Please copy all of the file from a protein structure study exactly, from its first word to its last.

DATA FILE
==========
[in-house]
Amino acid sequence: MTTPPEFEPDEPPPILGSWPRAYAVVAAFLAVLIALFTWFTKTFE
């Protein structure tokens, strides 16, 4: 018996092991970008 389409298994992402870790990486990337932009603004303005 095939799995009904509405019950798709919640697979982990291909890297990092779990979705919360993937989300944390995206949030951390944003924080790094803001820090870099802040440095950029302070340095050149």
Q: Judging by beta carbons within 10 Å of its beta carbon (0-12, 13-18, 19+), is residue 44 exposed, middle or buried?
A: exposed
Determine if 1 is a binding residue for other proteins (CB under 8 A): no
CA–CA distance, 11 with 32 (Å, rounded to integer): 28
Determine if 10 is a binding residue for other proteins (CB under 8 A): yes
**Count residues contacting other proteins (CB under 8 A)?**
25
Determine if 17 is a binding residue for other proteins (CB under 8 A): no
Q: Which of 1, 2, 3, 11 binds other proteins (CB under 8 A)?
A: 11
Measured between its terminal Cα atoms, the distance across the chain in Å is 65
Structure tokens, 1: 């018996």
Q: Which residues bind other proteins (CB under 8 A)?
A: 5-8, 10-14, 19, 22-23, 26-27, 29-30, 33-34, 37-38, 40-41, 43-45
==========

[in-house]
Amino acid sequence: MTTPPEFEPDEPPPILGSWPRAYAVVAAFLAVLIALFTWFTKTFE
């Protein structure tokens, strides 16, 4: 018996092991970008 389409298994992402870790990486990337932009603004303005 095939799995009904509405019950798709919640697979982990291909890297990092779990979705919360993937989300944390995206949030951390944003924080790094803001820090870099802040440095950029302070340095050149």
Q: Judging by beta carbons within 10 Å of its beta carbon (0-12, 13-18, 19+), is residue 44 exposed, middle or buried?
A: exposed
Determine if 1 is a binding residue for other proteins (CB under 8 A): no
CA–CA distance, 11 with 32 (Å, rounded to integer): 28
Determine if 10 is a binding residue for other proteins (CB under 8 A): yes
**Count residues contacting other proteins (CB under 8 A)?**
25
Determine if 17 is a binding residue for other proteins (CB under 8 A): no
Q: Which of 1, 2, 3, 11 binds other proteins (CB under 8 A)?
A: 11
Measured between its terminal Cα atoms, the distance across the chain in Å is 65
Structure tokens, 1: 């018996």
Q: Which residues bind other proteins (CB under 8 A)?
A: 5-8, 10-14, 19, 22-23, 26-27, 29-30, 33-34, 37-38, 40-41, 43-45